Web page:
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Cultural Coexistence

As progress in transportation and communications has led to the “shrinking” of time and space and increased contact between people, human coexistence has become one of the pressing issues of our time. This course comprises a multifaceted exploration of the diversity of relations between different groups of people, from contact and negotiation to the development of complex relations involving conflict, compromise, and segregation, investigating the history and formation of the mechanisms behind them. The course uses this approach to consider how people’s understandings of history and language and their attitudes toward culture and ethnicity have been formed and transformed to contribute to the understanding of the contemporary world and human coexistence.

In consideration of the problems that can arise out of the gap between niche university research and actual history education practice, students are expected not only to identify new research topics but also to work with current high school teachers to explore possible improvements in history education. Another key aspect of the Cultural Coexistence Course is the acquisition of a broad knowledge of the study of contemporary history’s methods and themes in a way that exceeds the boundaries of traditional methodologies that focus on one region.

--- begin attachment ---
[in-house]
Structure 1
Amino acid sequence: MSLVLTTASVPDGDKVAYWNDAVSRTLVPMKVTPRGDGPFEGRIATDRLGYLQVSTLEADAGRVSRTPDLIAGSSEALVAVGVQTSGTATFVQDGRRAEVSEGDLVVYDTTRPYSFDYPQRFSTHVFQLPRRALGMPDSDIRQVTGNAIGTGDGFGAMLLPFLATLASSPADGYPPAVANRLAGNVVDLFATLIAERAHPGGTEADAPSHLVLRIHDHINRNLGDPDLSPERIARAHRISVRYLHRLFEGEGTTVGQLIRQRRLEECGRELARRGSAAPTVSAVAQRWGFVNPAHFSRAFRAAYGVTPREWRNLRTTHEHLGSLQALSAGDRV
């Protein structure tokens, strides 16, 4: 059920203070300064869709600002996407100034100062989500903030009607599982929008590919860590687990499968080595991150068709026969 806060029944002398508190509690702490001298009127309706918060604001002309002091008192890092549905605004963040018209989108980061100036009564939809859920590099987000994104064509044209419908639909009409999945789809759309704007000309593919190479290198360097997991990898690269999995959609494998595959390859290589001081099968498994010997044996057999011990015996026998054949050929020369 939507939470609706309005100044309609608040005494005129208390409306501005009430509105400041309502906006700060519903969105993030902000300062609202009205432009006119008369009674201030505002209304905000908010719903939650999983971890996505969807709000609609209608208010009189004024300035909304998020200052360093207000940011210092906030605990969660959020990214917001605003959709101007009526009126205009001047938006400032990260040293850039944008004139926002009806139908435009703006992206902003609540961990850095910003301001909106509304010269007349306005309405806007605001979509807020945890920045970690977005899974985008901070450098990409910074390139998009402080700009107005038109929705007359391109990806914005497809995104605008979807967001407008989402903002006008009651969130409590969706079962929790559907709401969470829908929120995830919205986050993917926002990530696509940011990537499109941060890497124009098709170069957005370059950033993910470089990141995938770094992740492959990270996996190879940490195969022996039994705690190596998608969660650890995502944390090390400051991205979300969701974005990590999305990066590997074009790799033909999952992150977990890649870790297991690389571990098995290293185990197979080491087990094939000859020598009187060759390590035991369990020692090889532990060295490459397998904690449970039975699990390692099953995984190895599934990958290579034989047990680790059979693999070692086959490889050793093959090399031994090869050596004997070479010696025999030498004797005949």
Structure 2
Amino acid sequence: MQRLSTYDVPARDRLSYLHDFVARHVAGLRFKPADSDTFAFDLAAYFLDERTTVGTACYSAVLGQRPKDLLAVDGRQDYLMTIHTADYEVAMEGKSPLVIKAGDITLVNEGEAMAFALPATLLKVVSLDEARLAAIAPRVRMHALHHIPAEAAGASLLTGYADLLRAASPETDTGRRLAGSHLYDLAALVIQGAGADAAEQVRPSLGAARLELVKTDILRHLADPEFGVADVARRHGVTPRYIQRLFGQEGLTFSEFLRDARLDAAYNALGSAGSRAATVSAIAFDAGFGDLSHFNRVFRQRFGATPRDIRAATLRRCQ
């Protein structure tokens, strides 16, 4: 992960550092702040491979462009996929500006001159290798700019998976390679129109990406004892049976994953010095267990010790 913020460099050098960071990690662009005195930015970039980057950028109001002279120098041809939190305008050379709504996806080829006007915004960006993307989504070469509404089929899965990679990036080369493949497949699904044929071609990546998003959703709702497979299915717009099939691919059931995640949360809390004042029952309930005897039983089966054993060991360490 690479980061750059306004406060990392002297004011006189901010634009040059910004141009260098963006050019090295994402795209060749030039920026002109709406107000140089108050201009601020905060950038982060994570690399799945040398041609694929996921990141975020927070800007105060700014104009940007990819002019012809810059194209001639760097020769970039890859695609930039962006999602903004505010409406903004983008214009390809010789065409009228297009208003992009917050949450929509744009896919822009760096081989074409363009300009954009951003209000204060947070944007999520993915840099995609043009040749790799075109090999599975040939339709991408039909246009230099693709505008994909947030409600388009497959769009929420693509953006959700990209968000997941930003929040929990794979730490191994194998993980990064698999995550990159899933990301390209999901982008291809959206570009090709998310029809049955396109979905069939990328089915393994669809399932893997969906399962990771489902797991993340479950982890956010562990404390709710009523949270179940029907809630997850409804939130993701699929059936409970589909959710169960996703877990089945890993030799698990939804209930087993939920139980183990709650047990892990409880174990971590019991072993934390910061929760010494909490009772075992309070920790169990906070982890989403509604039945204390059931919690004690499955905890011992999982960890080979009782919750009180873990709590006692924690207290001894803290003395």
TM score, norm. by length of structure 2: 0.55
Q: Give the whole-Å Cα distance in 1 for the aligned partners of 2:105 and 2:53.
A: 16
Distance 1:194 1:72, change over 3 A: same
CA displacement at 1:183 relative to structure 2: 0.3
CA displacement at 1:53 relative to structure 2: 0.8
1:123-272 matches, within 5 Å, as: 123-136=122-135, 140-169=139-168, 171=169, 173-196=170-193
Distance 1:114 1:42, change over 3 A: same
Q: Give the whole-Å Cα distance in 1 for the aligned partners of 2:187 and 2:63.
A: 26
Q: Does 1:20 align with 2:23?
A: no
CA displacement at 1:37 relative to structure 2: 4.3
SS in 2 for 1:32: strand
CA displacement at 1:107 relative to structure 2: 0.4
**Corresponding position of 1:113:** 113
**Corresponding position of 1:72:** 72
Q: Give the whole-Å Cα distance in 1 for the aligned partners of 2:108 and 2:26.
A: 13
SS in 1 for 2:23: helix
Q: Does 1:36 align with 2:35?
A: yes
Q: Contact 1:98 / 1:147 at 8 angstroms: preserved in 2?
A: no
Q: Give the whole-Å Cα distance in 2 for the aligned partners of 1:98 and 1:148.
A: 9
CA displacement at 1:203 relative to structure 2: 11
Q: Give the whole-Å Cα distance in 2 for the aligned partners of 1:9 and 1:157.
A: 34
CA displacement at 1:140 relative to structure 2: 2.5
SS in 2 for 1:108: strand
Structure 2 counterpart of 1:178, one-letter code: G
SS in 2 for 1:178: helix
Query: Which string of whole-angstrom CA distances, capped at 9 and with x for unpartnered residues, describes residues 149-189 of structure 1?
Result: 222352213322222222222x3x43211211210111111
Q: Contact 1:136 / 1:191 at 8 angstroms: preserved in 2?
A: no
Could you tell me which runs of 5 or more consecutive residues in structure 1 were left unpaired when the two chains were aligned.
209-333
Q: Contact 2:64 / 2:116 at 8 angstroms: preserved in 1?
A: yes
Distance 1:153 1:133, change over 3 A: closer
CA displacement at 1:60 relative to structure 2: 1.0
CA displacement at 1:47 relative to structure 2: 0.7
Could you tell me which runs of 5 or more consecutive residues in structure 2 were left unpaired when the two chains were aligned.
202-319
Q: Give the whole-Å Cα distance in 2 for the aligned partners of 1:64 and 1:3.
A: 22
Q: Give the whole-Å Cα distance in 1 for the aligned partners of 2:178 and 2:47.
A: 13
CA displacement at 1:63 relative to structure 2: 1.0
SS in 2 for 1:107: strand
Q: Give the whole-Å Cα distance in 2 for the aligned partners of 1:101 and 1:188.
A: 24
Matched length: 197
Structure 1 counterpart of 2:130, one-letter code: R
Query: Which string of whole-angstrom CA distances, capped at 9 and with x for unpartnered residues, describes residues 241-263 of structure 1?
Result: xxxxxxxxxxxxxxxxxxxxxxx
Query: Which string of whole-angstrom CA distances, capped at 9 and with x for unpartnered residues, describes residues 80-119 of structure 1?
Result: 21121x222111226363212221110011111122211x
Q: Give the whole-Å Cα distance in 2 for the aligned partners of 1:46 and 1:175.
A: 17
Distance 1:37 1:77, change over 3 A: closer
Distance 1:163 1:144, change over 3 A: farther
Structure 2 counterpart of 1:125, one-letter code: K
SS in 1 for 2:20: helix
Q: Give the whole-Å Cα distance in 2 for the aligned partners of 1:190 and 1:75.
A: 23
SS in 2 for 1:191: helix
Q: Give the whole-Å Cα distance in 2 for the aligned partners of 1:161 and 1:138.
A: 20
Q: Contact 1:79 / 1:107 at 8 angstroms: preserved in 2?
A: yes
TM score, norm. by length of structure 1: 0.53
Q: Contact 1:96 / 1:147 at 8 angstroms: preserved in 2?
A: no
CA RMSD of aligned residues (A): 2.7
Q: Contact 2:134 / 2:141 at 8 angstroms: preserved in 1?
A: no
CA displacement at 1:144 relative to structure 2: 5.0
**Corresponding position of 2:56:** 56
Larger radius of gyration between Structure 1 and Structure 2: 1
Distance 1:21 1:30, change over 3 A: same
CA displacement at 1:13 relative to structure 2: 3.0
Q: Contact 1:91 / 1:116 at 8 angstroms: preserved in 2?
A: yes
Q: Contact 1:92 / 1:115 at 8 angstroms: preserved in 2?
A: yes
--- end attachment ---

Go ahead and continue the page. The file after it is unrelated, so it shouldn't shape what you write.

Students who complete this course may be planning careers in journalism, teaching, or they may hope to find employment in corporate or public organizations active on the international stage.

Professors

FUJIKAWA,Takao (M.Lit.)
Australian History; Women’s Migration, History of Racism, Aboriginal History, Whiteness Studies
TSUTSUMI, Kenji (Ph.D.)
Social and Economic Geography; Research on Depopulated Regions, Regional Transformation and Modernization
TSUTSUMI, Kazuaki (MA)
Asian History

Associate Professor

IMOTO, Yasuko (MA)
Anthropology